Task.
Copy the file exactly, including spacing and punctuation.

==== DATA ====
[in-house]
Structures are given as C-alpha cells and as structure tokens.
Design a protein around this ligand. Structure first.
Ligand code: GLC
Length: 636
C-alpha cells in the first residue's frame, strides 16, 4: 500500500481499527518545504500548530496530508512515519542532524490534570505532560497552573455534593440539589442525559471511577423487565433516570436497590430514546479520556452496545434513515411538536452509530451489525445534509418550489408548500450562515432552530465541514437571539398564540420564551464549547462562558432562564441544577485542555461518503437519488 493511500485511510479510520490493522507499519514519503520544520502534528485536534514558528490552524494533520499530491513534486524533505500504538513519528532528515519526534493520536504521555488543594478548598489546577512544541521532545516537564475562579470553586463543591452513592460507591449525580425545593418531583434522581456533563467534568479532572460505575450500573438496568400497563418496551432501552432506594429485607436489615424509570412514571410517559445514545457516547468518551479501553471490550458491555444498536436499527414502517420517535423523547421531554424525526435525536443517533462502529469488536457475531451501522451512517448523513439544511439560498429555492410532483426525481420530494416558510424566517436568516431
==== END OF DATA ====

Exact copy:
[in-house]
Structures are given as C-alpha cells and as structure tokens.
Design a protein around this ligand. Structure first.
Ligand code: GLC
Length: 636
C-alpha cells in the first residue's frame, strides 16, 4: 500500500481499527518545504500548530496530508512515519542532524490534570505532560497552573455534593440539589442525559471511577423487565433516570436497590430514546479520556452496545434513515411538536452509530451489525445534509418550489408548500450562515432552530465541514437571539398564540420564551464549547462562558432562564441544577485542555461518503437519488 493511500485511510479510520490493522507499519514519503520544520502534528485536534514558528490552524494533520499530491513534486524533505500504538513519528532528515519526534493520536504521555488543594478548598489546577512544541521532545516537564475562579470553586463543591452513592460507591449525580425545593418531583434522581456533563467534568479532572460505575450500573438496568400497563418496551432501552432506594429485607436489615424509570412514571410517559445514545457516547468518551479501553471490550458491555444498536436499527414502517420517535423523547421531554424525526435525536443517533462502529469488536457475531451501522451512517448523513439544511439560498429555492410532483426525481420530494416558510424566517436568516431